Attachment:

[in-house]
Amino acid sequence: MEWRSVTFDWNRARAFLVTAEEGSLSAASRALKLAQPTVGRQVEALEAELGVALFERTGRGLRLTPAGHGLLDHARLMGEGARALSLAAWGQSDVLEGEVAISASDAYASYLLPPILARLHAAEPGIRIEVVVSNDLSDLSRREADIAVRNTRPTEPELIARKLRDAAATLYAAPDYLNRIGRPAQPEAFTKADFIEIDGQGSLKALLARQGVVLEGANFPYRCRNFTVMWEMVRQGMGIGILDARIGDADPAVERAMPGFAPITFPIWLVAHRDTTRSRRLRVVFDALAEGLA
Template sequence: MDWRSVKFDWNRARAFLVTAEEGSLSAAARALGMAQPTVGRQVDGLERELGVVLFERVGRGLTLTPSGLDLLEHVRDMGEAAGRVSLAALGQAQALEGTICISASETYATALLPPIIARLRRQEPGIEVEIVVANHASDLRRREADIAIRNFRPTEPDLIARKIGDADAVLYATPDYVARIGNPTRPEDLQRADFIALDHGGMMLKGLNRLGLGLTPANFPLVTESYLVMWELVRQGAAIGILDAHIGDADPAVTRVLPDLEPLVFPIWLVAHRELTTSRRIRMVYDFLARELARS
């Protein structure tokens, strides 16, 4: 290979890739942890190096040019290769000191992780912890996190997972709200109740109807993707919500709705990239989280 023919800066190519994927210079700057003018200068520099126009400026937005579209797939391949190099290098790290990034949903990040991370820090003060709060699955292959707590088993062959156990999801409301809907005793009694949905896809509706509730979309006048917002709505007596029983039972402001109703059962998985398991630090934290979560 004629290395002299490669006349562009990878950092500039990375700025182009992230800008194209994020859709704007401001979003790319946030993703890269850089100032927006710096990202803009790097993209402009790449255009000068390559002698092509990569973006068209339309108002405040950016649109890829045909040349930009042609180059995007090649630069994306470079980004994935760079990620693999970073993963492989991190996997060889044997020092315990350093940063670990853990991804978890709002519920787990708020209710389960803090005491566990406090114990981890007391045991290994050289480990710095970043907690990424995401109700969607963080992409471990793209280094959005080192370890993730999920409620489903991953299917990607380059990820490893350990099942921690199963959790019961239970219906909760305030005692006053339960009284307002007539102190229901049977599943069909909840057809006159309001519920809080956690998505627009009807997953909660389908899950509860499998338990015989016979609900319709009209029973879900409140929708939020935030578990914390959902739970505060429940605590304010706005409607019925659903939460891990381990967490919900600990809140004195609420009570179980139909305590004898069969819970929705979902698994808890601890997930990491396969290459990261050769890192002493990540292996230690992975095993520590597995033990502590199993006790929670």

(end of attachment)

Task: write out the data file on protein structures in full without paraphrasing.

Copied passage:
[in-house]
Amino acid sequence: MEWRSVTFDWNRARAFLVTAEEGSLSAASRALKLAQPTVGRQVEALEAELGVALFERTGRGLRLTPAGHGLLDHARLMGEGARALSLAAWGQSDVLEGEVAISASDAYASYLLPPILARLHAAEPGIRIEVVVSNDLSDLSRREADIAVRNTRPTEPELIARKLRDAAATLYAAPDYLNRIGRPAQPEAFTKADFIEIDGQGSLKALLARQGVVLEGANFPYRCRNFTVMWEMVRQGMGIGILDARIGDADPAVERAMPGFAPITFPIWLVAHRDTTRSRRLRVVFDALAEGLA
Template sequence: MDWRSVKFDWNRARAFLVTAEEGSLSAAARALGMAQPTVGRQVDGLERELGVVLFERVGRGLTLTPSGLDLLEHVRDMGEAAGRVSLAALGQAQALEGTICISASETYATALLPPIIARLRRQEPGIEVEIVVANHASDLRRREADIAIRNFRPTEPDLIARKIGDADAVLYATPDYVARIGNPTRPEDLQRADFIALDHGGMMLKGLNRLGLGLTPANFPLVTESYLVMWELVRQGAAIGILDAHIGDADPAVTRVLPDLEPLVFPIWLVAHRELTTSRRIRMVYDFLARELARS
């Protein structure tokens, strides 16, 4: 290979890739942890190096040019290769000191992780912890996190997972709200109740109807993707919500709705990239989280 023919800066190519994927210079700057003018200068520099126009400026937005579209797939391949190099290098790290990034949903990040991370820090003060709060699955292959707590088993062959156990999801409301809907005793009694949905896809509706509730979309006048917002709505007596029983039972402001109703059962998985398991630090934290979560 004629290395002299490669006349562009990878950092500039990375700025182009992230800008194209994020859709704007401001979003790319946030993703890269850089100032927006710096990202803009790097993209402009790449255009000068390559002698092509990569973006068209339309108002405040950016649109890829045909040349930009042609180059995007090649630069994306470079980004994935760079990620693999970073993963492989991190996997060889044997020092315990350093940063670990853990991804978890709002519920787990708020209710389960803090005491566990406090114990981890007391045991290994050289480990710095970043907690990424995401109700969607963080992409471990793209280094959005080192370890993730999920409620489903991953299917990607380059990820490893350990099942921690199963959790019961239970219906909760305030005692006053339960009284307002007539102190229901049977599943069909909840057809006159309001519920809080956690998505627009009807997953909660389908899950509860499998338990015989016979609900319709009209029973879900409140929708939020935030578990914390959902739970505060429940605590304010706005409607019925659903939460891990381990967490919900600990809140004195609420009570179980139909305590004898069969819970929705979902698994808890601890997930990491396969290459990261050769890192002493990540292996230690992975095993520590597995033990502590199993006790929670």